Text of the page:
Such governance cannot ultimately be separated from the game and prevents the world from being autonomous.


This does not preclude the existence of worlds that embrace governance as part of the game mechanics. In which case, the game actually plays out in the potential political intrigue that such gameplay enables. But even in this case, there is a high chance that to make this type of game interesting, the upgradability remains limited to shape a certain type of gameplay. See for example DAOG by Austin Griffith.

Permissionless Logic Hooks

The other mechanism that might come to mind when thinking of extensibility and APIs is that of "logic hooks". We define "logic hooks" as mechanisms by which the world rules allow other rules to be included in the normal code pathway under certain conditions. This allows new mechanisms to be created that goes beyond what we discussed above.

Hooks can change the outcome of a player input, something the examples above (in Dark Forest, Conquest.eth and Mithraeum) cannot do. It can be something as simple as Uniswap V4 hooks where contracts can be invoked on certain events to perform different actions, allowed by the overall system but we can imagine more complex setup in a game setting that would allow players to redefine some of the game rules. This comes with its own game design risk though.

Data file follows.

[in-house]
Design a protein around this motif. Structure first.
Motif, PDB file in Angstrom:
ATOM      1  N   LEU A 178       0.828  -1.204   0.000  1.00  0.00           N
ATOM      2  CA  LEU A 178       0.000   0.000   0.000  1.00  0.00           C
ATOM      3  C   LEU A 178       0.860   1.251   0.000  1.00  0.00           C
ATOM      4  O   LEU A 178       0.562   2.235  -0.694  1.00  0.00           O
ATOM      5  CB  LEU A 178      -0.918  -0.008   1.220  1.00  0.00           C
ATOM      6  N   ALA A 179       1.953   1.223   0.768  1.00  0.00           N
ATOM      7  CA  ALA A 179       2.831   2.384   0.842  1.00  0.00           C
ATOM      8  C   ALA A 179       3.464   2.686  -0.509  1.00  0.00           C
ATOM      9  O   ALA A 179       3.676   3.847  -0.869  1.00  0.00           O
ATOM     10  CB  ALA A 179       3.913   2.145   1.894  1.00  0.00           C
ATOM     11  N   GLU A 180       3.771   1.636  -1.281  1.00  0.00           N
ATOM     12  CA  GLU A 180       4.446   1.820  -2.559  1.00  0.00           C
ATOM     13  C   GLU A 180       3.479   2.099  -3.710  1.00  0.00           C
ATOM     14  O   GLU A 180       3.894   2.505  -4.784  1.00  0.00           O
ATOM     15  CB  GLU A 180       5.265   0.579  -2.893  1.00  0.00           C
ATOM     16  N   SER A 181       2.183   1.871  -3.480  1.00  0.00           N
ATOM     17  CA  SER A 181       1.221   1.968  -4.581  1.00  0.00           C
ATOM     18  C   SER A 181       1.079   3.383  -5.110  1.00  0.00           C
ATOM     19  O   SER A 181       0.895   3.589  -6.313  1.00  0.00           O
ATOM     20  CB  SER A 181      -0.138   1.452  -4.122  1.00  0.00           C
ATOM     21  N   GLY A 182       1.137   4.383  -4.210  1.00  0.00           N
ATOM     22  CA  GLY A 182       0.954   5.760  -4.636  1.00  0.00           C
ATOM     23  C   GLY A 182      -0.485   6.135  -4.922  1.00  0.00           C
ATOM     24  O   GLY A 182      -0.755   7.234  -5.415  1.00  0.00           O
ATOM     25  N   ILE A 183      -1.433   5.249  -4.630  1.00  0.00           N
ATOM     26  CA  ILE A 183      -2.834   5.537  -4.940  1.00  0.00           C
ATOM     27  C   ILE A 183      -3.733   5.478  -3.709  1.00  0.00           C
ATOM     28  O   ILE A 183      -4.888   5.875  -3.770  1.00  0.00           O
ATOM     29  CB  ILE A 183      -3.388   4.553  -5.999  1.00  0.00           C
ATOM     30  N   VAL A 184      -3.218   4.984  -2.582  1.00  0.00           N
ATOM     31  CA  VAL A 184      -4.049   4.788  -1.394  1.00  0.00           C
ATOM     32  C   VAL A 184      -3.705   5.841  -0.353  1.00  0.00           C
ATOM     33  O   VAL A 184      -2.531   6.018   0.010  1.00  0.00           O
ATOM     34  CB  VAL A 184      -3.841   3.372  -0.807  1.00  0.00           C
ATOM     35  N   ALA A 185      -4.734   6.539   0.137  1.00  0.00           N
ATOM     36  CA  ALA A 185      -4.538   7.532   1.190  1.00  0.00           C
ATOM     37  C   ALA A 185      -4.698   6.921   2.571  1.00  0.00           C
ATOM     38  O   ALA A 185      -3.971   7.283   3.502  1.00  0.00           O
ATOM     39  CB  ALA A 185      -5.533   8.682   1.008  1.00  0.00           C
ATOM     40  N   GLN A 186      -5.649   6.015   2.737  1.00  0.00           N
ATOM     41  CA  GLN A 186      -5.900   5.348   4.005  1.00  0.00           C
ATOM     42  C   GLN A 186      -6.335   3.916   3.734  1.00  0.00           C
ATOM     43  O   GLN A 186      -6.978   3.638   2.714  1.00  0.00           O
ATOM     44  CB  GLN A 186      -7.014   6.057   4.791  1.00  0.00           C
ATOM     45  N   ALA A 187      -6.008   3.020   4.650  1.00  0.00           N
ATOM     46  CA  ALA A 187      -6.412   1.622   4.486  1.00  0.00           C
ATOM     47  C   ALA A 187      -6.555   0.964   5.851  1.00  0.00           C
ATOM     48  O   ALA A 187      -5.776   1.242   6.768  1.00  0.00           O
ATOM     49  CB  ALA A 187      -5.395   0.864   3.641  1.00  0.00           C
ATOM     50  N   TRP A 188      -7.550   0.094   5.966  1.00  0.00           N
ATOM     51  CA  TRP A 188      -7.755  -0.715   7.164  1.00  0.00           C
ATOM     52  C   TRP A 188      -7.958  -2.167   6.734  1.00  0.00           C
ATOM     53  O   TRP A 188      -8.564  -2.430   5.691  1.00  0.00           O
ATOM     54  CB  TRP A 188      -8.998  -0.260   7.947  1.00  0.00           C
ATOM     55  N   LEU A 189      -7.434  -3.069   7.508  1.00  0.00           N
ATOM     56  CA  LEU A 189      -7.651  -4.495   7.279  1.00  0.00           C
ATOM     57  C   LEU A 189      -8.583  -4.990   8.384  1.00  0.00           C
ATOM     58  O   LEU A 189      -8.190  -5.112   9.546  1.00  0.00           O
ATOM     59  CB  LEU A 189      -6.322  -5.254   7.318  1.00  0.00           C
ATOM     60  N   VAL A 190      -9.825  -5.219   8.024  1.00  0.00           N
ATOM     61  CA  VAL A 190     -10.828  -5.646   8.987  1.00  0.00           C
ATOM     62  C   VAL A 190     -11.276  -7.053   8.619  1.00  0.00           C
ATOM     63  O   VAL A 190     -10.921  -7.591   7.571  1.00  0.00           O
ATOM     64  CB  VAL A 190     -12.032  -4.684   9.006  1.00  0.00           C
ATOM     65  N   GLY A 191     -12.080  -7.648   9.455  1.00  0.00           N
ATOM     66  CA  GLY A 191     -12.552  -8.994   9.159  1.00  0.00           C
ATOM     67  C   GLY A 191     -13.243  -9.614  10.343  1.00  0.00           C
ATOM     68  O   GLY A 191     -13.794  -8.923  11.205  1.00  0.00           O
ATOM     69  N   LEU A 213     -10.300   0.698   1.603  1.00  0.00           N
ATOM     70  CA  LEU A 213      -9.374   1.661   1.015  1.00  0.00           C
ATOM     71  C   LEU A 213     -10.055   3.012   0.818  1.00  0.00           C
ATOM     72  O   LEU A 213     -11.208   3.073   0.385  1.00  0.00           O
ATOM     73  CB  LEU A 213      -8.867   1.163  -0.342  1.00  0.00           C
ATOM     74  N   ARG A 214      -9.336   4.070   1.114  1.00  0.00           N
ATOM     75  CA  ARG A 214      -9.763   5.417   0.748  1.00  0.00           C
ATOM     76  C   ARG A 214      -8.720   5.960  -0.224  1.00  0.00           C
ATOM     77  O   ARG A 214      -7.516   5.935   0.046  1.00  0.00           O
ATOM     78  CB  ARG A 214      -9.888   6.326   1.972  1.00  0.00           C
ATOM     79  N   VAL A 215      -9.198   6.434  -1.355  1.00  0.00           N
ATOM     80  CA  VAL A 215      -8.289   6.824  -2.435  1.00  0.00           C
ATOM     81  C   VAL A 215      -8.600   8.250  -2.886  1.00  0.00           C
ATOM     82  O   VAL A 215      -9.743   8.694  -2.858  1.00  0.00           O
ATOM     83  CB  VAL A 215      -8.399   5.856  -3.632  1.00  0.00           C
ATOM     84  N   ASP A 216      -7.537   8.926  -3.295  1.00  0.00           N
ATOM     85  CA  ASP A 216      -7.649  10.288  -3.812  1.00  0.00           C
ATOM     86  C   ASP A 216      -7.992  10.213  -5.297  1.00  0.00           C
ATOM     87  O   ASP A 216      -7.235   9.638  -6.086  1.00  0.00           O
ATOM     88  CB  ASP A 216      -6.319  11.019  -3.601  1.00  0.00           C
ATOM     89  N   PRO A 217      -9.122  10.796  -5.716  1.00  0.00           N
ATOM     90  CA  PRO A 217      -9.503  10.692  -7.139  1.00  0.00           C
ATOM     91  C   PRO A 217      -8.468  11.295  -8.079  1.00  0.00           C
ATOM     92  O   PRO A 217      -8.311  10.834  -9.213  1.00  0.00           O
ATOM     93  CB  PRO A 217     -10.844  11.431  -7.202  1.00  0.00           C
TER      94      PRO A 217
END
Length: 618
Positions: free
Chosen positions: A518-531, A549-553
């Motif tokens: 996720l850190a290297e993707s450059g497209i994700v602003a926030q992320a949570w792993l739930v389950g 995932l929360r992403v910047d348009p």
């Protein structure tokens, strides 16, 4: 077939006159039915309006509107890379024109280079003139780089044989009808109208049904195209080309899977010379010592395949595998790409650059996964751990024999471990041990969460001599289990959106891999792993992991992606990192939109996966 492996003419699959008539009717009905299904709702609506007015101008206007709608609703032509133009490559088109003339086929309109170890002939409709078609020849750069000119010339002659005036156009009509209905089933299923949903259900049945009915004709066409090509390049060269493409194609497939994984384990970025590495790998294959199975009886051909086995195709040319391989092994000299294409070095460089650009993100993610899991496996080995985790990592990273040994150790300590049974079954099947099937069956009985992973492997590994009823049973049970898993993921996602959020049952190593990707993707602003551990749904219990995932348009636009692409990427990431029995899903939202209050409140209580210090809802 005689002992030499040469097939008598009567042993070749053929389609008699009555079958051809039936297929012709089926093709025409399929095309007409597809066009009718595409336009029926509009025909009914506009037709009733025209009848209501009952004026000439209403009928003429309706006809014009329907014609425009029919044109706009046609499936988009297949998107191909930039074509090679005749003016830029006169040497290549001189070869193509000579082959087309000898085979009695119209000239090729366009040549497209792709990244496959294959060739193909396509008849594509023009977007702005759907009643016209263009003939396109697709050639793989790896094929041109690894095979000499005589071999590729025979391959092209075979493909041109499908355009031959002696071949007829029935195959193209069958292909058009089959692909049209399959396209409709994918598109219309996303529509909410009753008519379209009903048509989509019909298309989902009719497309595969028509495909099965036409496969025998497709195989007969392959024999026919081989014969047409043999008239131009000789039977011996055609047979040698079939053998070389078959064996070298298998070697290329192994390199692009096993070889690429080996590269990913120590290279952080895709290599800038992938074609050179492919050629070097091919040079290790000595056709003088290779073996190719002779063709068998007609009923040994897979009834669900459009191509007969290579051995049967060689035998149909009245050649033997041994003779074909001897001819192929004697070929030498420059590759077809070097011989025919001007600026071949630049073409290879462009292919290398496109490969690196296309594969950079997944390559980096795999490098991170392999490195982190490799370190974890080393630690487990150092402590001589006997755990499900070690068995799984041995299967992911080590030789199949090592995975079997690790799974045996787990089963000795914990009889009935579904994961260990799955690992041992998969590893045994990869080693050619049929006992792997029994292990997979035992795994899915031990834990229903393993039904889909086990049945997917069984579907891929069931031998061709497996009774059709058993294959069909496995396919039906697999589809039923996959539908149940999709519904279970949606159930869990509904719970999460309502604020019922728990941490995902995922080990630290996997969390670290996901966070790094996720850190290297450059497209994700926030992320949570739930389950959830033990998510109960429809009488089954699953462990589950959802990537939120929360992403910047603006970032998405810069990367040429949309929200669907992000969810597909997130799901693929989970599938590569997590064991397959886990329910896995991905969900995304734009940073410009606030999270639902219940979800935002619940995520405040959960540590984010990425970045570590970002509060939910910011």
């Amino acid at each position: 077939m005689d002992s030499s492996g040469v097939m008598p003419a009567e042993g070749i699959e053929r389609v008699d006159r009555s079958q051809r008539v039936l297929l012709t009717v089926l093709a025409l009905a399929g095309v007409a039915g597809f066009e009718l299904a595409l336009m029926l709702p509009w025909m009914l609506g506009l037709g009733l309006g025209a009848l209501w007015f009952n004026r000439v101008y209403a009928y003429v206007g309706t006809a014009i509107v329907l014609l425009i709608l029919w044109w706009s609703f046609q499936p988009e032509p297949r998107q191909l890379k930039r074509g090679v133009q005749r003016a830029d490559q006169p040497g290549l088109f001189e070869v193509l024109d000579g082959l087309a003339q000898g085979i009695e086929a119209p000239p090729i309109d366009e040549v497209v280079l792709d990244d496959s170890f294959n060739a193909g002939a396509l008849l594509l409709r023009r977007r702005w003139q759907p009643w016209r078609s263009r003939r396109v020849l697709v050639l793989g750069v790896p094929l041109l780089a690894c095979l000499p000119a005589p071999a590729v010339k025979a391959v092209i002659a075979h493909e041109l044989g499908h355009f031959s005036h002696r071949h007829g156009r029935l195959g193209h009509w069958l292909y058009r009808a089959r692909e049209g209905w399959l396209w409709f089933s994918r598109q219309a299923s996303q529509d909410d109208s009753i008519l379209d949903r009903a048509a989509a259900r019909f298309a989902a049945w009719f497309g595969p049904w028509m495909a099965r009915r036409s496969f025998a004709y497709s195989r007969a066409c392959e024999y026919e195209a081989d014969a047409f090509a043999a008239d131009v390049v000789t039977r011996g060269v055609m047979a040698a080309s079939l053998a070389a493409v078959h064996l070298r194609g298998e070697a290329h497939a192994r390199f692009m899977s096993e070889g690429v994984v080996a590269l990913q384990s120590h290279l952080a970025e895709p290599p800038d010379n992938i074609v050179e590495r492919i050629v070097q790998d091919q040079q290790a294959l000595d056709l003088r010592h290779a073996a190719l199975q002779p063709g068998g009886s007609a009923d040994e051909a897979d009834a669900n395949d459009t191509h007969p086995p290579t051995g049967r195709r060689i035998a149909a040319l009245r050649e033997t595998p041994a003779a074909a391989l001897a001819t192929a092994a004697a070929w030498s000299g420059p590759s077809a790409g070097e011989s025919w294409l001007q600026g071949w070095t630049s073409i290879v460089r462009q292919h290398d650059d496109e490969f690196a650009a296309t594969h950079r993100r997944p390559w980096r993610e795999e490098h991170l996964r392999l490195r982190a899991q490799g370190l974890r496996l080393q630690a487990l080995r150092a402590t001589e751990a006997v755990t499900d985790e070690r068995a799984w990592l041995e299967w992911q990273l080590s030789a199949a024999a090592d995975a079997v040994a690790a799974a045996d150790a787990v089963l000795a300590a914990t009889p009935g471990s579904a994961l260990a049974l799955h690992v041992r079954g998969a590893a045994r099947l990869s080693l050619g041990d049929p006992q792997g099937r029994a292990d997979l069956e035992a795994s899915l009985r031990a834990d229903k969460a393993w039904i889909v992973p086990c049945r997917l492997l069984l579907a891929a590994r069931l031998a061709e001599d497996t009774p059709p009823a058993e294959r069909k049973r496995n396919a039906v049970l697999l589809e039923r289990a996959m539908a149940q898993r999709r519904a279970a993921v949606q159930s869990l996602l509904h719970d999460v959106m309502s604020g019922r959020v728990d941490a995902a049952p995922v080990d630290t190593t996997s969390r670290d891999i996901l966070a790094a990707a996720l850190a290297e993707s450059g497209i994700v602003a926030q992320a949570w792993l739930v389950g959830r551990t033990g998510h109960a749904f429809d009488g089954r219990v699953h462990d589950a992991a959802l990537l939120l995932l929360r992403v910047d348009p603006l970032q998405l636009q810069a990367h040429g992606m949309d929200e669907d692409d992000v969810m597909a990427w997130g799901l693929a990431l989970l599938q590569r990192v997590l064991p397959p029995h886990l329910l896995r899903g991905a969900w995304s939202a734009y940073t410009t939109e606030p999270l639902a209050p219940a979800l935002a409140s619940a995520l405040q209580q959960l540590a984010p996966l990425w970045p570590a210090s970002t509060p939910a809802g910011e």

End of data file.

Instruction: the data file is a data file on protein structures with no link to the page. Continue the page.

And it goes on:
As an example, in Conquest.eth the rate of spaceship production is determined by the planet's fixed stats. If players were allowed to change this with some hooks they could install on their planets, or through other means, surely they would min-max it to their advantage.

You could of course imagine a law of balance in the game that ensures any increase in power in a certain area comes with an equivalently powerful decrease in another area. This is of course a difficult endeavor as any game designer can imagine.

But assuming such balance can be achieved and hooks are correctly designed then the hooks really become part of the gameplay and the balance systems do not really give place for the game to evolve beyond that. Its inputs are indeed now more complex and this can indeed offer a compelling gameplay but the hooks are then just that, more complex form of inputs.

We are genuinely interested to see games taking this approach and look forward to seeing how it plays out. Playmint is exploring this with Downstream and Moving Castles with the Cursed Machine.

Having said that we think by its nature it limits what the world can evolve into. In such a context, the evolution paths are determined by the hooks and API. We believe the inherent composability of Autonomous worlds allow for more unexpected and interesting evolutions. These 2 approaches are not mutually exclusive though.

Natural Composability

While we already emphasized that all on-chain games exposed a permissionless API, we did not yet mention how this could be used by the community to extend the game in unexpected ways. After all, how can you change the rules if they are immutable?

The solution requires a different perspective on what constitutes a game or world. Up to this point, our focus has primarily centered on the essential mechanics encoded within the blockchain, namely the code within the smart contract, its inputs, API, and the resulting rules. However, it's evident that a game or world encompasses more than just these technical elements.

A game or world isn't confined solely to its code or smart contract; it comprises the code (i.e. the digital physics), the players, and their inputs, as well as the interactions among players themselves, the community. It's this very aspect that allows us to understand how such a world can be expanded with new, previously unimagined rules.